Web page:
Posted by: Judy | March 29, 2012


The last little while, I’ve been struggling. The depression more pronounced, i.e., it’s difficult to do things, even things I enjoy doing. Last Sunday, my journey of healing from psychological abuse posted the following:

I saw in it things I need to do, especially things I need to do more often. I enjoy being outside, walking, not for exercise but to enjoy the neighbor’s flowers, the trees blooming, just being outside. I also enjoy music. I have several stations selected at Pandora, and yet, I don’t remember to turn it on.

However, the most important thing I could do was admit what was scaring me silly.

And I do mean silly.

It’s embarrassingly silly.

I can laugh, now.

Now that it’s over.

I need to update my computer.


That simple.

I could have done it on the cheap, three years ago.

I was too afraid to mess things up.

I was afraid of being wrong.

I was afraid of making a mistake.

It was silly.

I own a Mac.

It’s hard to mess up a Mac.

You have to work at it.

Really work at it.


I’ve been telling my BFFs I need to update my computer, for months, trying to talk myself into it somehow.

I can’t tell you how many times I went to the Apple store, on line, and looked at what I need. I even put it in a cart, more than once, and had to remove the second one that would show up in my cart. Then it would tell me to sign into my account.

Do I even have an account?

I could call Apple, and they’d tell me.

I’d freeze, and click to a different site.

Yes, phone calls can be that difficult for me. I have to psych myself into using the phone. My BFFs call me, and I’m fine with that. I know them. I know what to expect.

I’m a little hard of hearing, just enough to make conversations feel like a guessing game. I hate having to ask, “What did you say?” “Sorry, could you repeat that?” Over and over and over.

The other day, one of my BFFs told me I needed to call, tomorrow. Then one of my inspirational FaceBook pages made a post about doing something that scares you to death. I chose to call Apple. I knew it qualified.

Jud was delightful. God bless him. My stuff will arrive in a few days. He even walked me through what to do when it arrived, and assured me I could call and ask for help.


And I feel so much better.

It probably wasn’t the only thing bothering me, but it had taken on the proportions of a wooly mammoth. Now it’s back to being the size of a mouse.



  1. Congratulations. Woolly mammoths are supposed to be extinct. You got’em on the run. πŸ™‚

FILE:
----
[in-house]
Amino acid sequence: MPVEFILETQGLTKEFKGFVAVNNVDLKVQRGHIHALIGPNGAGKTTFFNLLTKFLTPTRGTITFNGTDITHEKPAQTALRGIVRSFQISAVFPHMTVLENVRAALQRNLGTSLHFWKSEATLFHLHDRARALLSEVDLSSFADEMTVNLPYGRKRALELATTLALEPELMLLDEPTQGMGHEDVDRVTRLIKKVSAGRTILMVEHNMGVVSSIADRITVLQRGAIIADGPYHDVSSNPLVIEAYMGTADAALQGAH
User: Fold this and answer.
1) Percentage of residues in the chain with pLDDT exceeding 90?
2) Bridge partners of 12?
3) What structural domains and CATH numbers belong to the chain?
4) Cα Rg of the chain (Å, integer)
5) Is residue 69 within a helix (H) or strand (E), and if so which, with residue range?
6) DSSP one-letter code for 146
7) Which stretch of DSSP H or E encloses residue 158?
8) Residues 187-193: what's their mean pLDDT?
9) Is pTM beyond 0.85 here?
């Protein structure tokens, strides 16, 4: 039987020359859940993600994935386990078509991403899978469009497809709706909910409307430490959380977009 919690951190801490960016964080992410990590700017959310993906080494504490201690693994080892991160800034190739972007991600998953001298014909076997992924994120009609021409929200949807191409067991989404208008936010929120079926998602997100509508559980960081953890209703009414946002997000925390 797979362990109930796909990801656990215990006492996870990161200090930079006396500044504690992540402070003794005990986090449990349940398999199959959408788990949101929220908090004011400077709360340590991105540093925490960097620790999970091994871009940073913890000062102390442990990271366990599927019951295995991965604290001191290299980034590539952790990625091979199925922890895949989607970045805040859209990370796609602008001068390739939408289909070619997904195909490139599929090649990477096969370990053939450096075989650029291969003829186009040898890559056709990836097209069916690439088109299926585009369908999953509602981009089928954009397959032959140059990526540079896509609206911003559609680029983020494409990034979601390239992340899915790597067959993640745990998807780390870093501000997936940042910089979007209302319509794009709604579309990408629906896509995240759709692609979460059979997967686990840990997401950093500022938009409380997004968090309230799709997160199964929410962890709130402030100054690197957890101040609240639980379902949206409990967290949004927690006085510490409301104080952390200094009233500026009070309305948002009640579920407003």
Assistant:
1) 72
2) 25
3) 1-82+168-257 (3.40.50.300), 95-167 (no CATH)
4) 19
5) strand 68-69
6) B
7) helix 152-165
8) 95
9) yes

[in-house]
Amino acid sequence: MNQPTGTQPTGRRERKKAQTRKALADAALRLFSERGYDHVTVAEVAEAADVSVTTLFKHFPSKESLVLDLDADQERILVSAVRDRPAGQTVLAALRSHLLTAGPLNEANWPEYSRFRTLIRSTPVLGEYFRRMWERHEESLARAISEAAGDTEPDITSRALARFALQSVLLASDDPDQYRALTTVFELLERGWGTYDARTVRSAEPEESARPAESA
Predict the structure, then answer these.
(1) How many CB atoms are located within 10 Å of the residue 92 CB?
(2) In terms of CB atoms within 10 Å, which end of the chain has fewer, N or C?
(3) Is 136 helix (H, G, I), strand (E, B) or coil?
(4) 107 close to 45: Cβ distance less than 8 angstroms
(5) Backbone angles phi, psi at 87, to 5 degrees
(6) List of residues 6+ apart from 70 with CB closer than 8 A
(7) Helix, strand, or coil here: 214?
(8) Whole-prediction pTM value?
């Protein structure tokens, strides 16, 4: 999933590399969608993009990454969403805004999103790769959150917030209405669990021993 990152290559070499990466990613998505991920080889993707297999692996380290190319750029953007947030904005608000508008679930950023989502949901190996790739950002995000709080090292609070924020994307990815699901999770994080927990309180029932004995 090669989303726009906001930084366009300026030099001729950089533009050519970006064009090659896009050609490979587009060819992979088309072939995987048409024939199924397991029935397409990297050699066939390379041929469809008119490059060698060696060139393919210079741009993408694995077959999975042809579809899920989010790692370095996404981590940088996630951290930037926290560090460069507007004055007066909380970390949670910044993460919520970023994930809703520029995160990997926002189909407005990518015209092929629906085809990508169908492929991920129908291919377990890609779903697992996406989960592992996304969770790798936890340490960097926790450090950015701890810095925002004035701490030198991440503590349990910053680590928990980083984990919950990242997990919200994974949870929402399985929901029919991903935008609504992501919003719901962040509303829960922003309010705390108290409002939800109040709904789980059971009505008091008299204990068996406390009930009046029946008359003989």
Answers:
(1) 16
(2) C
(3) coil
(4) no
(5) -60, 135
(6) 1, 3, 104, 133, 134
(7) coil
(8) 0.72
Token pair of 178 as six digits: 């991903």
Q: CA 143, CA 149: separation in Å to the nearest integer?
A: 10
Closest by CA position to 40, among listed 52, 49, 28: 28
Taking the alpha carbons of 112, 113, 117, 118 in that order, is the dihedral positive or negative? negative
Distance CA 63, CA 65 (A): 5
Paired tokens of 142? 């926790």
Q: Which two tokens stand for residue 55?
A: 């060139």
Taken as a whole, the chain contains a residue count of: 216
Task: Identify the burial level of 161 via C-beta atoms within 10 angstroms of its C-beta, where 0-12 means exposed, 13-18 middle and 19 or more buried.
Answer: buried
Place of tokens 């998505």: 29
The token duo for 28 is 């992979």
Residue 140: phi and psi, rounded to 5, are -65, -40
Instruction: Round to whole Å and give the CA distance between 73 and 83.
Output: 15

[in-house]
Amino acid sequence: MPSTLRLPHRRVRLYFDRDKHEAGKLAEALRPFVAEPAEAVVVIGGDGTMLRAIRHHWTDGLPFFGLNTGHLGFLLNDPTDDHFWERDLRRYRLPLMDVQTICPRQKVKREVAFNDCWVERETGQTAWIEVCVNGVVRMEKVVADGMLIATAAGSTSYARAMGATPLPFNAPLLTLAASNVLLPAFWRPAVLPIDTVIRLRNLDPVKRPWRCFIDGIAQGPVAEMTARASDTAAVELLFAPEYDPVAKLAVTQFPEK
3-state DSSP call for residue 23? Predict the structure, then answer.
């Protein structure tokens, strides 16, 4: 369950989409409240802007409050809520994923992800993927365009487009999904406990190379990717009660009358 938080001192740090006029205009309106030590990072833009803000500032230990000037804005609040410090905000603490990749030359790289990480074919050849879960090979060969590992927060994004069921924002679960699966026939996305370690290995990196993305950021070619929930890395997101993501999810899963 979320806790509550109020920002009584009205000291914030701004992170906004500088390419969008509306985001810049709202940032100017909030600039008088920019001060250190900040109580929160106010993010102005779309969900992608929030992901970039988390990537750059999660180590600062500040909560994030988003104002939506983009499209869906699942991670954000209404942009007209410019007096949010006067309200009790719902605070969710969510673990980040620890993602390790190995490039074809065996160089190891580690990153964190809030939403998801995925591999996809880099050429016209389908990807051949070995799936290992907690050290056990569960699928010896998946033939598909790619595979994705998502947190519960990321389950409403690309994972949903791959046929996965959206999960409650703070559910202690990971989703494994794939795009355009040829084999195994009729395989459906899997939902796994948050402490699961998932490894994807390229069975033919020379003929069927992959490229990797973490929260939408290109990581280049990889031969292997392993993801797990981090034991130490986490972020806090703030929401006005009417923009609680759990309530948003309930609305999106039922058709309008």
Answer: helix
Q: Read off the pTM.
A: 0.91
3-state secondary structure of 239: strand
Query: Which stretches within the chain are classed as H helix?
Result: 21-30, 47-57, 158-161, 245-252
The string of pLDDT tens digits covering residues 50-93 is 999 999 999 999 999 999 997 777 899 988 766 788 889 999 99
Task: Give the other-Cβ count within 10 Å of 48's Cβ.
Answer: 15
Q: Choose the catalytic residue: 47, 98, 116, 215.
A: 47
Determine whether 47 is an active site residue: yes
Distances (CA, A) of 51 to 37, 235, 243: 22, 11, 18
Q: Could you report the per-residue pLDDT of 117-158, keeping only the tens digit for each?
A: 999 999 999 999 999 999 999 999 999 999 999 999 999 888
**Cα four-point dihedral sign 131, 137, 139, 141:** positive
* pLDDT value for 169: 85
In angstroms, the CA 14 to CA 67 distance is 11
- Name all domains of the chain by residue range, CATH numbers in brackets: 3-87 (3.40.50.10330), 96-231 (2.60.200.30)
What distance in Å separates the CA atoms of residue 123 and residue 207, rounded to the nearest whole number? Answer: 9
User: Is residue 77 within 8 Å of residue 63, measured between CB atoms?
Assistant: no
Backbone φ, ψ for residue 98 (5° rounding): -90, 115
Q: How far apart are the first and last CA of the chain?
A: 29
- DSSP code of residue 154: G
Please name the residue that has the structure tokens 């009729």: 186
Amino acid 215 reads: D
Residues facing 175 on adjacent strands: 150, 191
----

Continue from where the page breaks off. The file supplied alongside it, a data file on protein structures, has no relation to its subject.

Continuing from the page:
• πŸ˜€

  2. your thoughts describe my inner battle most these days
    I need to update also….

    Thank you….I like your post because it is real..
    emotions inside real…

    Take Care…
    You Matter…

    • You’re welcome. πŸ™‚

  3. when we step into what frightens us and challenge our fear, it is surprising how we discover what we are capable of doing … thanks for sharing this one

    • Once the terror is over, it’s kind of fun. πŸ™‚ You’re welcome.

  4. I’m glad that post helped you! It helped me to post it. I needed a reminder, too. I understand everything you wrote, here. It’s scary to do the normal things you need to…especially when it requires stepping out of your normal routine. After all, it’s in the routine that we feel somewhat ‘safe’. when you are depressed, going through insurmountable anxiety, even small steps outside of our ‘safety net’ can be excruciating. But, step, we must. Deep breath, step…close eyes and breathe…find strength and determination for the next step…repeat. Once you are out of the mire, it can be fun to look back at the steps you took, and where you are now. Empowering. Remember the poem “footprints”? Looking back, reminds me of this poem. We were never alone completely πŸ™‚

    • Footprints is one of my favorites! And yes, we’re never alone completely, for which I’m truly grateful.

  5. I struggle with using the telephone too, although my dislike is that I cannot see the face of the person I am talking to, leaving me one less sense to read and judge whether I am getting thing wrong. Without that added feedback, I feel panicky and every too-long lull in the conversation makes me feel like I am not doing a good job at being a good phone caller.

    It is such a silly thing to get all anxious about, but I do.

    We really are left with too sensitive, raw and on-the-edge instincts and warning systems. Unlearning that stuff and taking it to normal levels is harder than people realize. We’re like children without good guidance measurements and are learning by the seat of our pants.

    Hang in there! And yeah! for getting the computer updated!

    • YES!! Body language is so vital to communication, and not having access to it means one of my survival senses is missing. Thanks for adding that extra bit. It’s something I frequently forget to include in my frustrating factor. Thank you!

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